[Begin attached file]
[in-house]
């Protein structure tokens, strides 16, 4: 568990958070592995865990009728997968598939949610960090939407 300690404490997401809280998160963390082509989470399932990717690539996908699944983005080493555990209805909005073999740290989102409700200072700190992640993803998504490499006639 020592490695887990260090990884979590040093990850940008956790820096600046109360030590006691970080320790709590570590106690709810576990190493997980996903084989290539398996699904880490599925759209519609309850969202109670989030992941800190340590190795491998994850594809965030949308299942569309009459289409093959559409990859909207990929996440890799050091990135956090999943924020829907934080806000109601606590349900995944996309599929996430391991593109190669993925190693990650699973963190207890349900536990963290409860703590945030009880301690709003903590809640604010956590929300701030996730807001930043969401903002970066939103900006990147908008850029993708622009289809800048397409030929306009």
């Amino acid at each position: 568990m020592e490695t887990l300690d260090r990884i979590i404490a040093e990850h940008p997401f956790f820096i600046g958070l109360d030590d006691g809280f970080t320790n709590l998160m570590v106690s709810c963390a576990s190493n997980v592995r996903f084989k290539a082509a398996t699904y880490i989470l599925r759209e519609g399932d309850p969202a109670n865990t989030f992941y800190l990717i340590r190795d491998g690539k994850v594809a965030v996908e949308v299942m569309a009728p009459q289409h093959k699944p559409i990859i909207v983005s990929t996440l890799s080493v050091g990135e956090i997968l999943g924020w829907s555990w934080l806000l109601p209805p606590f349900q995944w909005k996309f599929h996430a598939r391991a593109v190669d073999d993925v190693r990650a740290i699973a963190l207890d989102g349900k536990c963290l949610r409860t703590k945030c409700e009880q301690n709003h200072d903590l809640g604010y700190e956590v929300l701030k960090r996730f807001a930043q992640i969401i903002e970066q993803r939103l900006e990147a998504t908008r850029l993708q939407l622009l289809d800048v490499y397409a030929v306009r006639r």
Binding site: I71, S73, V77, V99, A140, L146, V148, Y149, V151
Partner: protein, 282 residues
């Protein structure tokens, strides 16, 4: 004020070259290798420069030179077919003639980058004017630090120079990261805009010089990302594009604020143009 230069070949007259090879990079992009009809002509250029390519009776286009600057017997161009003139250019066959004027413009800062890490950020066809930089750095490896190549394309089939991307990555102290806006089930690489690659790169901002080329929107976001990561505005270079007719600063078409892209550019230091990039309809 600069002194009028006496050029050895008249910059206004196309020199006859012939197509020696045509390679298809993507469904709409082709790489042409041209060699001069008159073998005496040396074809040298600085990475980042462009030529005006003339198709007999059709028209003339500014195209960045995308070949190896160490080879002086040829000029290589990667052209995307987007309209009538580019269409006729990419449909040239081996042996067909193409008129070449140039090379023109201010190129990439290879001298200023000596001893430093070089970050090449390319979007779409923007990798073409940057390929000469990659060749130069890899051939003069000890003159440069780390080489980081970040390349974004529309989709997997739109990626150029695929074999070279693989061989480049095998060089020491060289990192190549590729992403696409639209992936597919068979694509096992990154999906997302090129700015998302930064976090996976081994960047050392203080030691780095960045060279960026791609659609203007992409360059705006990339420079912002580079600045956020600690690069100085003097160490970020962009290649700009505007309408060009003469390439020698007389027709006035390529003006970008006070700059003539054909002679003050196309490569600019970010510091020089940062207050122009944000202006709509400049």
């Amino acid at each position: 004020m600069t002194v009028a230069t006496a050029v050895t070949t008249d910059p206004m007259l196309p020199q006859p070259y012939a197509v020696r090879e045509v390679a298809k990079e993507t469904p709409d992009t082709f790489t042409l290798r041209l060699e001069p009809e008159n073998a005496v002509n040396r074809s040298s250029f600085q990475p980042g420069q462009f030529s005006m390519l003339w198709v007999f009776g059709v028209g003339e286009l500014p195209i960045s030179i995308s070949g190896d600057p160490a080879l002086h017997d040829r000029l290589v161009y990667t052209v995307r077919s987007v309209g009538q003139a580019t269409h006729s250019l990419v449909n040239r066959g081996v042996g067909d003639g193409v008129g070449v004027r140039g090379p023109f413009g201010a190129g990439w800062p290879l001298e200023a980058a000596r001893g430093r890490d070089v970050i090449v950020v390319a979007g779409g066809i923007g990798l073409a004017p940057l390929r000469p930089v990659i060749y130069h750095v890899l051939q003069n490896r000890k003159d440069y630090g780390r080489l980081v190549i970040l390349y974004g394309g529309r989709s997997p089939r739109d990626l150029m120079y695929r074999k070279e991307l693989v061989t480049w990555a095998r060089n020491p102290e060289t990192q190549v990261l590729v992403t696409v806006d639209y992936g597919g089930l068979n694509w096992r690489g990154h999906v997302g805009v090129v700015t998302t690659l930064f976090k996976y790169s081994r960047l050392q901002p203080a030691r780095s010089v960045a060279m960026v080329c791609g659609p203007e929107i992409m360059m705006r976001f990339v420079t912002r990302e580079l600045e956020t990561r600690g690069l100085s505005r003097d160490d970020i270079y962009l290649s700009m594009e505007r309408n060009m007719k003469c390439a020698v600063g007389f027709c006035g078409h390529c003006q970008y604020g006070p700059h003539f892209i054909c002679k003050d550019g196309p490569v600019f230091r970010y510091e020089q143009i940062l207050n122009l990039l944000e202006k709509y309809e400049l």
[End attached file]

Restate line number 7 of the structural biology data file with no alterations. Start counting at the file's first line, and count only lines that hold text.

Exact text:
């Amino acid at each position: 004020m600069t002194v009028a230069t006496a050029v050895t070949t008249d910059p206004m007259l196309p020199q006859p070259y012939a197509v020696r090879e045509v390679a298809k990079e993507t469904p709409d992009t082709f790489t042409l290798r041209l060699e001069p009809e008159n073998a005496v002509n040396r074809s040298s250029f600085q990475p980042g420069q462009f030529s005006m390519l003339w198709v007999f009776g059709v028209g003339e286009l500014p195209i960045s030179i995308s070949g190896d600057p160490a080879l002086h017997d040829r000029l290589v161009y990667t052209v995307r077919s987007v309209g009538q003139a580019t269409h006729s250019l990419v449909n040239r066959g081996v042996g067909d003639g193409v008129g070449v004027r140039g090379p023109f413009g201010a190129g990439w800062p290879l001298e200023a980058a000596r001893g430093r890490d070089v970050i090449v950020v390319a979007g779409g066809i923007g990798l073409a004017p940057l390929r000469p930089v990659i060749y130069h750095v890899l051939q003069n490896r000890k003159d440069y630090g780390r080489l980081v190549i970040l390349y974004g394309g529309r989709s997997p089939r739109d990626l150029m120079y695929r074999k070279e991307l693989v061989t480049w990555a095998r060089n020491p102290e060289t990192q190549v990261l590729v992403t696409v806006d639209y992936g597919g089930l068979n694509w096992r690489g990154h999906v997302g805009v090129v700015t998302t690659l930064f976090k996976y790169s081994r960047l050392q901002p203080a030691r780095s010089v960045a060279m960026v080329c791609g659609p203007e929107i992409m360059m705006r976001f990339v420079t912002r990302e580079l600045e956020t990561r600690g690069l100085s505005r003097d160490d970020i270079y962009l290649s700009m594009e505007r309408n060009m007719k003469c390439a020698v600063g007389f027709c006035g078409h390529c003006q970008y604020g006070p700059h003539f892209i054909c002679k003050d550019g196309p490569v600019f230091r970010y510091e020089q143009i940062l207050n122009l990039l944000e202006k709509y309809e400049l």